As an advocacy speaker and a teacher, Alexa Alice Joubin has spoken on diversity, equity, and inclusion as well as on critical race and gender studies on Capitol Hill during a congressional briefing and in such venues as museums in the US and Switzerland, The Washington Post, The Economist, NPR, BBC, CBC, Voice of America, Edinburgh Festival, PEN America World Voices Festival on Gender and Power, Hay Festival (UK), Stratford Festival (Canada), British Embassy in Washington, DC, Shakespeare Birthplace Trust podcast, Foreign Policy, Penta, Folger Shakespeare Library podcast, Fundación Shakespeare Argentina, Royal Shakespeare Company Residency Program, Lincoln Center’s Mostly Mozart Festival, DC film festival, Pittsburgh’s Screenshot film festival, and other media outlets in the US, UK, Brazil, China, Japan, Korea, Australia, and elsewhere.
Focusing on “Shakespeare in a Changing World” in the wake of the pandemic’s great interruption, this conference will ask how the study and performance of Shakespearean theatre might respond to the rapid and very real changes we are witnessing, while also investigating the relationship of this theatre to the similarly rapid changes of Shakespeare’s time. Alexa Alice Joubin will be giving the plenary lecture. The other two plenary speakers are Antoni Cimolino (Artistic Director, Stratford Festival) and Brian Cummings (University of York). The Shakespearean Theatre Conference is a joint venture of the University of Waterloo and the Stratford Festival, and brings together scholars and practitioners to talk about how performance influences scholarship and vice versa. The Festival has announced a 2022 season that includes Hamlet, Richard III, All’s Well That Ends Well (the last two in the beautiful new Tom Patterson Theatre), and Wole Soyinka’s Death and the King’s Horseman, as well as two world premières: Hamlet-911, by Ann-Marie MacDonald, and 1939, by Jani Lauzon and Kaitlyn Riordan.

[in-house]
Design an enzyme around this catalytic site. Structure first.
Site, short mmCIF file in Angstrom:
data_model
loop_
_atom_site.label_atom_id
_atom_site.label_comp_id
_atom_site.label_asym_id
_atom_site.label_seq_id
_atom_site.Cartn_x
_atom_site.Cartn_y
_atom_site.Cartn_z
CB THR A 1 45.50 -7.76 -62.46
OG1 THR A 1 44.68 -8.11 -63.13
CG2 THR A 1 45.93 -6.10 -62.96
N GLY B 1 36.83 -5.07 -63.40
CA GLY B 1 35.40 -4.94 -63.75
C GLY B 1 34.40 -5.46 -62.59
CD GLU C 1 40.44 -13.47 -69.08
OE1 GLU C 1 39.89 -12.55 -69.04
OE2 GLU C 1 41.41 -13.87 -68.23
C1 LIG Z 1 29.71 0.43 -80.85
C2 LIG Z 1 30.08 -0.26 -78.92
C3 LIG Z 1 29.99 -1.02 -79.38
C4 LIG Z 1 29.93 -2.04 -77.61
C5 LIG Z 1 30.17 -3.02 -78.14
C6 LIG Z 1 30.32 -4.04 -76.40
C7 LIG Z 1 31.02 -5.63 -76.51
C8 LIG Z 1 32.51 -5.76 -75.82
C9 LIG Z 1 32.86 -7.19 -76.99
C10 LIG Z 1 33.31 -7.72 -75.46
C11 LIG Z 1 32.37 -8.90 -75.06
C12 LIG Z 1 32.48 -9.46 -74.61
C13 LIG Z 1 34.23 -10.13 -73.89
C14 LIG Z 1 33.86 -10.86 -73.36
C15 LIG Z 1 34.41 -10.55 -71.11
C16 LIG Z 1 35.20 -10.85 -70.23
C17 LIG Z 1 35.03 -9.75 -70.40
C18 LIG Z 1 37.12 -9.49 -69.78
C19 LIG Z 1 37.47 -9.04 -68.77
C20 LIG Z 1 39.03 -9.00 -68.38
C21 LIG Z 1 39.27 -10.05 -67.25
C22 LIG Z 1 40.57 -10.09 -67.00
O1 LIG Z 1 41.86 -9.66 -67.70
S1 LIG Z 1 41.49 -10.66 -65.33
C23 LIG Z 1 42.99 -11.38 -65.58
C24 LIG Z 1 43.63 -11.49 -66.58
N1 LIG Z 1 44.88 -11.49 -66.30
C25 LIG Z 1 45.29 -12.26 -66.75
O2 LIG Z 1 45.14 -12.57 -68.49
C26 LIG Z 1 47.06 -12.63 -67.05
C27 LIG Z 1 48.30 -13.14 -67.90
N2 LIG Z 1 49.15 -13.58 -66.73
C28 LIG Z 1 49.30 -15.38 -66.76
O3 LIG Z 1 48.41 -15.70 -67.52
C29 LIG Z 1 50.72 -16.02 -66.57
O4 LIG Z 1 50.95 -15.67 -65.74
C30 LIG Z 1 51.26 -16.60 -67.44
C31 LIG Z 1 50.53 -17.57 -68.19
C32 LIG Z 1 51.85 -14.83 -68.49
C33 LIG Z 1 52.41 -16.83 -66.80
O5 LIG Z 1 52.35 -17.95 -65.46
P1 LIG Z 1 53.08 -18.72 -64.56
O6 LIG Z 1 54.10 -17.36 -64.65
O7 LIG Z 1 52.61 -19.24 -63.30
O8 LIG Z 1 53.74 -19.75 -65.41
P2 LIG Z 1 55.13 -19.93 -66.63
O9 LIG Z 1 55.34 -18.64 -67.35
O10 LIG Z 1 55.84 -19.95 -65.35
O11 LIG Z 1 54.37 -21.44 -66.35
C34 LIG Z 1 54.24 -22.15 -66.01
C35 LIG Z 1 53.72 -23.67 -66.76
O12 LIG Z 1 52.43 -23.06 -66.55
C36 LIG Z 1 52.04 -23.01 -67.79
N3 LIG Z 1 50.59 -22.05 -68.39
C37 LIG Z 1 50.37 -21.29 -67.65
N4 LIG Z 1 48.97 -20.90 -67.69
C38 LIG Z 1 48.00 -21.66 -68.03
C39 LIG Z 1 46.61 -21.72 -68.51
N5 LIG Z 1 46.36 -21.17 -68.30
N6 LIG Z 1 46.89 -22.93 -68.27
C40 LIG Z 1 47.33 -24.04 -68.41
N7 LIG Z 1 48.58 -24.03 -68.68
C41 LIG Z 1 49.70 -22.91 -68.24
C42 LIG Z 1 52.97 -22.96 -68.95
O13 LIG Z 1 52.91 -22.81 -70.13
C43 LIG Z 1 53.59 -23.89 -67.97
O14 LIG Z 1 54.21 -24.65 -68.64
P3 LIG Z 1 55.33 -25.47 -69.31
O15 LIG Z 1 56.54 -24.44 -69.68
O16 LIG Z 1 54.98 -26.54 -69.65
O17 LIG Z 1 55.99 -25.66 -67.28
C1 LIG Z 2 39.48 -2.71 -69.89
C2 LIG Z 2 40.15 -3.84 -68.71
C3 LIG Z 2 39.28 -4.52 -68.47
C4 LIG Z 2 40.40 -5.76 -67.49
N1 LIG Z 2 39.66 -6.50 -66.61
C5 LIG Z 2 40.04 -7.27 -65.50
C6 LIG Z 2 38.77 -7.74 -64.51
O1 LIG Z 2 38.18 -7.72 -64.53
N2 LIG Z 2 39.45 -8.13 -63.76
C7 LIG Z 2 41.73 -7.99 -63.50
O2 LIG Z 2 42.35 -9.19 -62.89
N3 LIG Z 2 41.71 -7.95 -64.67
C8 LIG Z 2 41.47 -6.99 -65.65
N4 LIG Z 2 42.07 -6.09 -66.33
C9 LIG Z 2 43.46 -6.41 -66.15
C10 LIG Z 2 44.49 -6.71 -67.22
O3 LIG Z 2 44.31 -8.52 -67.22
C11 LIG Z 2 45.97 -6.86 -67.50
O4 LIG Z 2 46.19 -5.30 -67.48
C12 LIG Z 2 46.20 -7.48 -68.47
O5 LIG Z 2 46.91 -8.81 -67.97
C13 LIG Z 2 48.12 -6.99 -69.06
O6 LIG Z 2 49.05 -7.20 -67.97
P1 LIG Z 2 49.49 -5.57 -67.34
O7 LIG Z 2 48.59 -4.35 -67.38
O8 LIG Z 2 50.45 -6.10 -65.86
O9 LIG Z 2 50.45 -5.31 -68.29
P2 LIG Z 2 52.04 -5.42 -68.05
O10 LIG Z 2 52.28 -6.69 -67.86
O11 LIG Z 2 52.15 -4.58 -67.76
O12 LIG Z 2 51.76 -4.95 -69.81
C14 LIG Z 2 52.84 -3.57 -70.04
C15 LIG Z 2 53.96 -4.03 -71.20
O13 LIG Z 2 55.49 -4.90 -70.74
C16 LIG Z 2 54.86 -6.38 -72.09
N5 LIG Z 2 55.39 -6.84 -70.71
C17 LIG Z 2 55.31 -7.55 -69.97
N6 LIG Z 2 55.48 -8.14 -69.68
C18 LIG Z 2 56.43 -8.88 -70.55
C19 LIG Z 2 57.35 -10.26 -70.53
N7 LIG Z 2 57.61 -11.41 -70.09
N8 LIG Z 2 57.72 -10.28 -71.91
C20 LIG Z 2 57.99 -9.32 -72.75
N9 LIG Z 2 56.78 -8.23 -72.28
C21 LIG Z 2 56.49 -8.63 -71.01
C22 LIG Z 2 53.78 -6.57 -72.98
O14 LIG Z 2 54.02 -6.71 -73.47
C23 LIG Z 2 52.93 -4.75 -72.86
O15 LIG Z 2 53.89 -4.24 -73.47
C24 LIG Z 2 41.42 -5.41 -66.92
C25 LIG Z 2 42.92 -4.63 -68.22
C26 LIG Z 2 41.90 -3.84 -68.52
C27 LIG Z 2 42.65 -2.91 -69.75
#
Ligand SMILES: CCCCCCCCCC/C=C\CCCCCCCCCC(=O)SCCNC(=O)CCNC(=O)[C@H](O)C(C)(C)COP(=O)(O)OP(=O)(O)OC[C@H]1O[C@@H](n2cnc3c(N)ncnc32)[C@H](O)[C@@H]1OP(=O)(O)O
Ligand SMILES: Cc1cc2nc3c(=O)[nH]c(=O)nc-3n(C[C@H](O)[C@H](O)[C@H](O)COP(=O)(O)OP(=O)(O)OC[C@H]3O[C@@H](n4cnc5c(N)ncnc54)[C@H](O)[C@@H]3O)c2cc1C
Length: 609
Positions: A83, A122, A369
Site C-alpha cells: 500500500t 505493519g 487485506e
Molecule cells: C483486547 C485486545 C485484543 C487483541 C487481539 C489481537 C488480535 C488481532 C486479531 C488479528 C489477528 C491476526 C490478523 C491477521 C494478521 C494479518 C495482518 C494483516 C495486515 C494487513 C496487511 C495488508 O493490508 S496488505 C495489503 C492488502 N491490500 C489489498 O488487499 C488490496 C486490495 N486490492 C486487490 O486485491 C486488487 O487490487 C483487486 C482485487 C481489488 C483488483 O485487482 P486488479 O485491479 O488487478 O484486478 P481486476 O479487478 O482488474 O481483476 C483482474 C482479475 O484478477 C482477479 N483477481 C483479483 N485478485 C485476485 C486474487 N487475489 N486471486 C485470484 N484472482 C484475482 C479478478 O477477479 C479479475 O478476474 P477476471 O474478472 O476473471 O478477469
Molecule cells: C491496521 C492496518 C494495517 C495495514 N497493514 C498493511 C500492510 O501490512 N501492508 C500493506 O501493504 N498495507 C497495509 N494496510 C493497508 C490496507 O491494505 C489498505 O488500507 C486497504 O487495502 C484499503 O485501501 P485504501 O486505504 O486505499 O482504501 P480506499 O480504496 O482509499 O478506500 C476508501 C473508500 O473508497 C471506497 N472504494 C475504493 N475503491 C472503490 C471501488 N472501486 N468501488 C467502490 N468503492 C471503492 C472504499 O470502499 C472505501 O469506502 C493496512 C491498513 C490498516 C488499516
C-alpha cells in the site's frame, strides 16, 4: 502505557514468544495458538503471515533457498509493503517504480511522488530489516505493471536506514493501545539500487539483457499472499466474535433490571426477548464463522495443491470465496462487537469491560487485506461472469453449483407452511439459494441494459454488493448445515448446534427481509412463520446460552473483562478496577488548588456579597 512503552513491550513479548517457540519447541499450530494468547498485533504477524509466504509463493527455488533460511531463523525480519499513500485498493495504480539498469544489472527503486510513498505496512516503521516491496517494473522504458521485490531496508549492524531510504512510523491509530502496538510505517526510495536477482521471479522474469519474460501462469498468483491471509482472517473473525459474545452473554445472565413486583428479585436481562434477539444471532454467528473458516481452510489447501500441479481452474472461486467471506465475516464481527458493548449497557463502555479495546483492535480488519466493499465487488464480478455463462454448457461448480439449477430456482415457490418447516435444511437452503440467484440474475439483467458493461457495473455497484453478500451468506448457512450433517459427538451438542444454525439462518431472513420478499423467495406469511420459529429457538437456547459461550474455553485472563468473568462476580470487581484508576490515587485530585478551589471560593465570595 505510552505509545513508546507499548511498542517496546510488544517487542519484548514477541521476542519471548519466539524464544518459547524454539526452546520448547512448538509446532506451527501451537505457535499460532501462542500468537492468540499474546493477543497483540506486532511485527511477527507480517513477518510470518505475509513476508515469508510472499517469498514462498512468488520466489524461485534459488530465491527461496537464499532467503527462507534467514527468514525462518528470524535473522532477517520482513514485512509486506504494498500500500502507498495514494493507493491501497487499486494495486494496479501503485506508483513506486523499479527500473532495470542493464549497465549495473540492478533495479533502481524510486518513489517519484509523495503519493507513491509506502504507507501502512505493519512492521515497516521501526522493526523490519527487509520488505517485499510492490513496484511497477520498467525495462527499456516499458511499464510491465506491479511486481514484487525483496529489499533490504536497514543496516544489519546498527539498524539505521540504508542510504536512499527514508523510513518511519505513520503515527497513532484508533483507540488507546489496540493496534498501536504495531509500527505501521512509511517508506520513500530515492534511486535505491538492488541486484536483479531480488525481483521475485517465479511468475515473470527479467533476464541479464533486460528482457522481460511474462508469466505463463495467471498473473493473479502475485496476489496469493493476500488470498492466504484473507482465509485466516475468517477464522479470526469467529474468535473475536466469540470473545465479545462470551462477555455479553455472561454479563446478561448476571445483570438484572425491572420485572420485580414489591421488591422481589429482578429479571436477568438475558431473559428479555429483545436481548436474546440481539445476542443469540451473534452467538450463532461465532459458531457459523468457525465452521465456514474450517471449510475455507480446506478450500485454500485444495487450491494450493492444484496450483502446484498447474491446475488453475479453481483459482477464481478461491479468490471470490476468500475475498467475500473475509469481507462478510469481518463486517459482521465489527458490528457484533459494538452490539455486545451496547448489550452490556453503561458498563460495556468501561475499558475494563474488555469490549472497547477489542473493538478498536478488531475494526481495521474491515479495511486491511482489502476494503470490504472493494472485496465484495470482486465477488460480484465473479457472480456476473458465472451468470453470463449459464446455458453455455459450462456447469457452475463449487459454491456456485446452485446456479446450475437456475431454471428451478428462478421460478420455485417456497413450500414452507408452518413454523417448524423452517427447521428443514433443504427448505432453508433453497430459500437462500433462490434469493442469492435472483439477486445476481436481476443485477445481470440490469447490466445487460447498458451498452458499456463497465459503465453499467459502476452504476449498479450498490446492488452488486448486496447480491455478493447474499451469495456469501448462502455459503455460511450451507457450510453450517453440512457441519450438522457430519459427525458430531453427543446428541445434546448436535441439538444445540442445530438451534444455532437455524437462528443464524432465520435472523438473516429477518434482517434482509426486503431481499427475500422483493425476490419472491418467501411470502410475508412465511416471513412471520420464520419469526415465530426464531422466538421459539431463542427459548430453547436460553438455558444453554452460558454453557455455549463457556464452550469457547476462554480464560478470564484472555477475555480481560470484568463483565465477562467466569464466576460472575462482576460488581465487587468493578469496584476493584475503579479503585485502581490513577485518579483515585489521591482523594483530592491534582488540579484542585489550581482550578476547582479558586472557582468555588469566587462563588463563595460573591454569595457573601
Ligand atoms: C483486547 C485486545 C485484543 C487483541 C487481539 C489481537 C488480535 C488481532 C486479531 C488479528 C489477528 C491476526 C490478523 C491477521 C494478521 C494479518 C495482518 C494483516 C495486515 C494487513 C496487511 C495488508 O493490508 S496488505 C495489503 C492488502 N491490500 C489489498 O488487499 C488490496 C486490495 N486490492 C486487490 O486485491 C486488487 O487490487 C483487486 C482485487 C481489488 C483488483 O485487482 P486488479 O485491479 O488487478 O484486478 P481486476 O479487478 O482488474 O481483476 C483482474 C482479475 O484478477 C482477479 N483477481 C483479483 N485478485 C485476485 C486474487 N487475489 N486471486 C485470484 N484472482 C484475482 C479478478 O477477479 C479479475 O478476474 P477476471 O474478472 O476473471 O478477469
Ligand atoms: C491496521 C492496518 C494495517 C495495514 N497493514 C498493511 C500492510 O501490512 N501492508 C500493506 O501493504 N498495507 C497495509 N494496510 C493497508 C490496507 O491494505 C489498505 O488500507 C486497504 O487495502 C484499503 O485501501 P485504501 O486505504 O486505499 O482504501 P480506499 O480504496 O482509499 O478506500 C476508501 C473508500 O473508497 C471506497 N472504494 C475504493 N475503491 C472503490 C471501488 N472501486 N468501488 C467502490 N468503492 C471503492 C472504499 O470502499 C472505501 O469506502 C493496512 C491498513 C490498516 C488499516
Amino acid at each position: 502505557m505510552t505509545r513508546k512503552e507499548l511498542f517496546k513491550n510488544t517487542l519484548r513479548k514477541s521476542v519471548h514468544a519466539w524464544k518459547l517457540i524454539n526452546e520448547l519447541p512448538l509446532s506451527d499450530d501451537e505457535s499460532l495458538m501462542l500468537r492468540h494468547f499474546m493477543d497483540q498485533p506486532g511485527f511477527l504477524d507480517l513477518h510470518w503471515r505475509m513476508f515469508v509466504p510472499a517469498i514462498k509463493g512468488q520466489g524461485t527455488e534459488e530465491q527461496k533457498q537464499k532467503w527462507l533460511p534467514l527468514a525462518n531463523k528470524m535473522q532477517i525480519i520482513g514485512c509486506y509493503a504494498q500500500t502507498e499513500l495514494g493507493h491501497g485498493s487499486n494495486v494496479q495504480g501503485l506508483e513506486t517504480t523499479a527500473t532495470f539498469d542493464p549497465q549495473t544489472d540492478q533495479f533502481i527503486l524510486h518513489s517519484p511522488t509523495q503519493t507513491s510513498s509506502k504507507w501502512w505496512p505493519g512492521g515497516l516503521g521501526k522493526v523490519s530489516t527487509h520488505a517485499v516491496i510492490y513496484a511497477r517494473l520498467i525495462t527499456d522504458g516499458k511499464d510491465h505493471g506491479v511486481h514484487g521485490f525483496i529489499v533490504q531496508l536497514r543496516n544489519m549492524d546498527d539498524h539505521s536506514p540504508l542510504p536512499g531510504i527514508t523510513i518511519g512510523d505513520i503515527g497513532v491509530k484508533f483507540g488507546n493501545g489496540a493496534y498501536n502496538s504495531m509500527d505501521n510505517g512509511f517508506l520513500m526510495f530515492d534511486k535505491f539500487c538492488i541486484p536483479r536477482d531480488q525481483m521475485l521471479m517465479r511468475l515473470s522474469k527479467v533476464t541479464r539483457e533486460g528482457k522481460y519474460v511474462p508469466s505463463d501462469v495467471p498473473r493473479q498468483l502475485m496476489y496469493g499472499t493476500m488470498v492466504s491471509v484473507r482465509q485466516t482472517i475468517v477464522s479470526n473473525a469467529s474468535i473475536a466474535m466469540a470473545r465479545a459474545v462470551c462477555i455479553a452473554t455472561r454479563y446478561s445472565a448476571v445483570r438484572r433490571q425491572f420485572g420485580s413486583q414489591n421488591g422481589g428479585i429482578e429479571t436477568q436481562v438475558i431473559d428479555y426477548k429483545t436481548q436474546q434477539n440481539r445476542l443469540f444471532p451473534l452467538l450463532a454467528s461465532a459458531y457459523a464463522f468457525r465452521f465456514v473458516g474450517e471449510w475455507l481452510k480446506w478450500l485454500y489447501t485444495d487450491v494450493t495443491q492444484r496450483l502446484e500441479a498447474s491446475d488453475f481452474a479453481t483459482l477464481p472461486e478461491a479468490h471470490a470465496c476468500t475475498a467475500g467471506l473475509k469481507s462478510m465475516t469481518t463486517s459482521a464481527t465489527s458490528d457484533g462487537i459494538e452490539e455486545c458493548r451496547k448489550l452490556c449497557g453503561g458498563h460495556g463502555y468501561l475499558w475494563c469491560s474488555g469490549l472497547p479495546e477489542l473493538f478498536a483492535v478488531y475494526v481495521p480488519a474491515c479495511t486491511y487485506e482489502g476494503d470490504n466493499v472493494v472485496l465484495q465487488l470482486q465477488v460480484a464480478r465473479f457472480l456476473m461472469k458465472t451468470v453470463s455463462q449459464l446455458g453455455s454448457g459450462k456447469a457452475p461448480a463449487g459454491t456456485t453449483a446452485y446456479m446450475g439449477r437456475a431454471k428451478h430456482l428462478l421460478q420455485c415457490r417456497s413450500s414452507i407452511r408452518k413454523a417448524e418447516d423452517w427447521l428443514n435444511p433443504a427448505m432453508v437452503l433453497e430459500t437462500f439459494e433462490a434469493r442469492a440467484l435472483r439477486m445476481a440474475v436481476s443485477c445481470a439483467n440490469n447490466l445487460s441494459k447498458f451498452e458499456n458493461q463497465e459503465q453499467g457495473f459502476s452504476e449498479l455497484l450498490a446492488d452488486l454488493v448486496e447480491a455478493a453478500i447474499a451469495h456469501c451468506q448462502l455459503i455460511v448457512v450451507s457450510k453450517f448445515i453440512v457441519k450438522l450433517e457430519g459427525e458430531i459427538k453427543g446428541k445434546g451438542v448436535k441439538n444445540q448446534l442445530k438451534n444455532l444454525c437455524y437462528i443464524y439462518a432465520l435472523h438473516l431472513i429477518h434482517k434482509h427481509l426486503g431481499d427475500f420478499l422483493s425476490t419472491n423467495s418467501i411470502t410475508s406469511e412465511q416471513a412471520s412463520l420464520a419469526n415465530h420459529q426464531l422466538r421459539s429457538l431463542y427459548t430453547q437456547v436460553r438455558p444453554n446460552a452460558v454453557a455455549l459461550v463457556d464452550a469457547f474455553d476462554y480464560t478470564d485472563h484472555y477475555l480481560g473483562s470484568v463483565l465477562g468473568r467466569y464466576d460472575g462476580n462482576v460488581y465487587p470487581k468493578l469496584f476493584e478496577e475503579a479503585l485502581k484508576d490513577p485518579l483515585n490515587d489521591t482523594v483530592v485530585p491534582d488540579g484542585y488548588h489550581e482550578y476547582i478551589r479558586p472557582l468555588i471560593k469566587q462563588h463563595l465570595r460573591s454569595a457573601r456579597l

Gender expression that does not match prevailing gender norms is a recurring motif in Shakespeare’s plays. Because the Western canon has historically been given various forms of moral authority, Shakespeare has been used by trans-identified performers and feminists as a tool to deconstruct the gender binary and to challenge the institutionalized cis-sexism. Recent studies have shown that trans identities are far from an exclusively recent phenomenon.
Weber State University and Utah Shakespeare Festival, July 10-27, 2022
The 2022 National Endowment for the Humanities summer institute is designed to help high school teachers integrate adaptations of Shakespeare’s plays into their curricula, with an emphasis on Hamlet and Othello. Participants will study a variety of adaptations, including films, video games, graphic novels, stage performances, music, and young adult novels. We will emphasize diversity through pedagogical approaches that help students connect key Shakespearean themes (such as race, gender, and power) with their own lived experiences.
Friday, February 5, 2021, 12:00 pm EST
How did Akira Kurosawa’s films influence Steven Spielberg’s and George Lucas’s works, including the Star Wars? How do actors reposition their racialized bodies on stage and on screen? How do Korean transgender cinema and East Asian feminism transform gender identities in Shakespeare? Bringing film and theatre studies together, this book sheds new light on the two major genres in a comparative context and reveals deep connections among Asian and Anglophone performances.
Full video here.
Alexa Alice Joubin and playwright Kate Hennig discuss literary star-cross’d lovers spanning the globe and different eras, as well as the politics of these romances within their cultures.
TV, Radio, and Media Interviews
The American Journal of Chinese Studies 28.2 (October, 2021): 115-130.
The Asian Connection: Newsletter of Sigur Center for Asian Studies, George Washington University, Fall 2018
The Shakespeare Standard, May 28, 2014 (by Jeffrey Kahan)
The Shakespeare Standard, March 9, 2013, by Colleen Kennedy
The Shakespeare Standard, February 16, 2013, by Colleen Kennedy
Thursday, October 7, 2021. Virtual event online. Register here.
Thursday, May 27, 2021, 10:00 am PDT
Washington, D.C., 10:15-11:30 am, Friday, January 7, 2022; registration link
Friday, January 9, 2022 ::: San Diego Shakespeare Society
Friday, February 19, 2021, 3:00 pm EST
Friday, February 5, 2021, 12:00 pm EST